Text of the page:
For 3 decades, the 1970s, 1980s and 1990s, even with the odd fare such as The Survivors, The Best of Times, The World According to Garp, - and no matter what we make of those films, Robin Williams was still getting work and if you look at his filmography, it is incredible to see how he has released or appeared in at least 1 movie almost every year, since his feature film debut in Popeye in 1980. 



If I had to choose my favourite decade of his, in terms of his work and the movies I've enjoyed most of all out of the past 4 decades, it would have to be the 1990s. Right from Cadillac Man to Awakenings, The Fisher King, Hook, Aladdin, (Mrs Doubtfire), Jumanji, The Birdcage, Fathers' Day and Flubber. I mean, fair play to Dead Poets Society and Good Morning, Vietnam, but if we were, or be it I was to talk about the most lengthy and busiest period of success Robin has had, then there is no doubt the 90s' was- and conceivably is - his best decade, when it comes to the quantity of work, if not more-so than quality of some of his work.

Although not every movie he released in the 1990s was great, or of which I enjoyed seeing. And yes, during the 90s' he did star and appear in more family-orientated movies, which might have displeased the critics and fans of 80s' Robin Williams flicks, but contrary to what they have said about it, he did make a lot of good choices when it came to the roles he undertook. (the role of suicidal Dale in Fathers' Day was based on the 1980s French version of the movie of the same character, so before anyone gets any ideas, this was light years before his tragic death, last year). 


How I would define Robin Williams career and its personal impact on myself 

There was always a different Robin Williams character for every type of person to latch onto and embrace: from a funny, goofy type to a more serious one that stretched Robin's acting skills to the maximum. The vast majority of his roles either evoked a cartoon character - like quality in them in Mrs Doubtfire, Hook, Toys, Flubber, Mork and Mindy, in addition to Robots, Disney's Aladdin and Ferngully: The Last Rainforest, whereby he provided voice acting for animated characters that bared those qualities. & in thus further demonstrating his improvisational comedy skills. Or they involved some type of make-over and visual appearance to them. By this I am referring to the disguises, costumes, looks of his characters: they were all diverse and so different.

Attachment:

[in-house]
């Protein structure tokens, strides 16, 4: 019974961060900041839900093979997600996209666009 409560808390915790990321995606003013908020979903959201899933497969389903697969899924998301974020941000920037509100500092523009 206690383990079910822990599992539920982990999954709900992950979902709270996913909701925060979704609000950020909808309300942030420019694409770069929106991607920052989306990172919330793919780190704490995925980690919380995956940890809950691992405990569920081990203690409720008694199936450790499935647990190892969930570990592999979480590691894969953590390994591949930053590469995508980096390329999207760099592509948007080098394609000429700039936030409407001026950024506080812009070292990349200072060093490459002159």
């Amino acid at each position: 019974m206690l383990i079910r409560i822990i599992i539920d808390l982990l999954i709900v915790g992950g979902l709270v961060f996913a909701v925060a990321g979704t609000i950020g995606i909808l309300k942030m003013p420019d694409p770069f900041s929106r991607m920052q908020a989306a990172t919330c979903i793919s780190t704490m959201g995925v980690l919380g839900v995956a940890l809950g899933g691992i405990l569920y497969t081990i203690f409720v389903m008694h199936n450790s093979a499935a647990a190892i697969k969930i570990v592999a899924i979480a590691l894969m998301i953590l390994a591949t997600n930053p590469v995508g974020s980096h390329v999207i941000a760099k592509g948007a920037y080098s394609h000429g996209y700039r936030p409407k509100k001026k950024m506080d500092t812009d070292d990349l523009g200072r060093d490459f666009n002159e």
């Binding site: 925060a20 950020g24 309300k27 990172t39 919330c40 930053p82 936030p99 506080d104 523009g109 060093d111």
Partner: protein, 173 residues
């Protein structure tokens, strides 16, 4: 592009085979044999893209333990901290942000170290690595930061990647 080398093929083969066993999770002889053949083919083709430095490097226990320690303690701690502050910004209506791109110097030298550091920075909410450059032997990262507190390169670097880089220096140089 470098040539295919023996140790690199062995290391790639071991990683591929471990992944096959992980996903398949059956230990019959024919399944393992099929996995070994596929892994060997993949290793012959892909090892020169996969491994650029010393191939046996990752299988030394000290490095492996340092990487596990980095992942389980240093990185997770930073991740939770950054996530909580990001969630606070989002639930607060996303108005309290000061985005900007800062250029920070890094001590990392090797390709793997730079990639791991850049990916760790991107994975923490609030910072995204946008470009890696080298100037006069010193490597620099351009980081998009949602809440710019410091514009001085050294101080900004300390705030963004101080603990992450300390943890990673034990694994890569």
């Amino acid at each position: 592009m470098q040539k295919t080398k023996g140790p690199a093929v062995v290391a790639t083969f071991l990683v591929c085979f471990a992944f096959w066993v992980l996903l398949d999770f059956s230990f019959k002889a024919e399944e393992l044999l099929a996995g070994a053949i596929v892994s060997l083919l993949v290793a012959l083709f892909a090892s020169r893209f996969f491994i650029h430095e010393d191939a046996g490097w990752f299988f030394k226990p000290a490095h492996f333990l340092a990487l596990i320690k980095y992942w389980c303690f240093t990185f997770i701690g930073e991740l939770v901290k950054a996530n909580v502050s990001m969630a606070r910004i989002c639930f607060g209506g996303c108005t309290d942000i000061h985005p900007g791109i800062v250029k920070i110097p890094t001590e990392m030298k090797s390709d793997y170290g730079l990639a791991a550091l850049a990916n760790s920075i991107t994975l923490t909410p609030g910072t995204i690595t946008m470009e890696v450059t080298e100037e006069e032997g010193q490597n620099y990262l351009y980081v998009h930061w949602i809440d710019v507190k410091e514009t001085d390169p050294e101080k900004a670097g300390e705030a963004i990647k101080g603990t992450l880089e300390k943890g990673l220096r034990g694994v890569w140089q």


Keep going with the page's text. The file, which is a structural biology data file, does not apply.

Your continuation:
He was essentially a character-based actor and performer. 

There were virtually no limitations to his talent and ability and in juggling that balance between being comedic and dramatic, as he made that prosperous transition from being a stand-up comic to a formidable & credible actor in a variety of roles. As a comedian, he was very lively, spontaneous and energetic. His style ranged from physical comedy to improvisational routines, whilst as an actor, he brought sensitivity, compassion, dimension, understanding and emotion. Whereas people want to constantly put people, including comedians in a box, Robin Williams's range of performances has shown his versatility as a performer. A performer who can be funny, as well as play it straight in dramatic roles. 

Through his characters, especially in comedies and where he played the good guy such as Mork in Mork and Mindy, Patch Adams, Adrian on Good Morning Vietnam, Peter Pan in Hook and the Genie in Aladdin, Robin Williams taught me a number of lessons in life: about the importance of reaching out to others and seeing the good in them, that humour and being positive can be a force of good and it brings joy in a time when we live in a society that is so consumed with war, violence, greed, and other aspects of negativity and on being serious all the time to name. Which is why the impact of his loss was so huge & felt by many. And lastly, his compassion, generosity, sensitivity, and caring nature of his character, exemplified in interviews, his charitable work, in real life and in the roles he undertook, was so genuine and heartfelt. I adored that about Robin.